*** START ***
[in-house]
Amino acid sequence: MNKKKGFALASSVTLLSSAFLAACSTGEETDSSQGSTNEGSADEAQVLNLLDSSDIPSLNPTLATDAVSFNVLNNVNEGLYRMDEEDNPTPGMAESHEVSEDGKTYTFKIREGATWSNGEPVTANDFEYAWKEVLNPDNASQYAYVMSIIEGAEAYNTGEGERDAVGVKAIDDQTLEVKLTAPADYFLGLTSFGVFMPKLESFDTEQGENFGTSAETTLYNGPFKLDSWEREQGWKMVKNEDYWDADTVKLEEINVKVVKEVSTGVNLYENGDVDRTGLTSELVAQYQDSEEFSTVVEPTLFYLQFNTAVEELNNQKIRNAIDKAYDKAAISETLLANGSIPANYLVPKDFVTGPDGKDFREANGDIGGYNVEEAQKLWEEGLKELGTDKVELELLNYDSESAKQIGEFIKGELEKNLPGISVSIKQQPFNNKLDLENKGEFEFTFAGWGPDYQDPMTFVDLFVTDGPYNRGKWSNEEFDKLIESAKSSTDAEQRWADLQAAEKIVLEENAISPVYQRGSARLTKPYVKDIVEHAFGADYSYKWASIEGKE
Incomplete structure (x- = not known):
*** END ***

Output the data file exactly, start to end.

[in-house]
Amino acid sequence: MNKKKGFALASSVTLLSSAFLAACSTGEETDSSQGSTNEGSADEAQVLNLLDSSDIPSLNPTLATDAVSFNVLNNVNEGLYRMDEEDNPTPGMAESHEVSEDGKTYTFKIREGATWSNGEPVTANDFEYAWKEVLNPDNASQYAYVMSIIEGAEAYNTGEGERDAVGVKAIDDQTLEVKLTAPADYFLGLTSFGVFMPKLESFDTEQGENFGTSAETTLYNGPFKLDSWEREQGWKMVKNEDYWDADTVKLEEINVKVVKEVSTGVNLYENGDVDRTGLTSELVAQYQDSEEFSTVVEPTLFYLQFNTAVEELNNQKIRNAIDKAYDKAAISETLLANGSIPANYLVPKDFVTGPDGKDFREANGDIGGYNVEEAQKLWEEGLKELGTDKVELELLNYDSESAKQIGEFIKGELEKNLPGISVSIKQQPFNNKLDLENKGEFEFTFAGWGPDYQDPMTFVDLFVTDGPYNRGKWSNEEFDKLIESAKSSTDAEQRWADLQAAEKIVLEENAISPVYQRGSARLTKPYVKDIVEHAFGADYSYKWASIEGKE
Incomplete structure (x- = not known):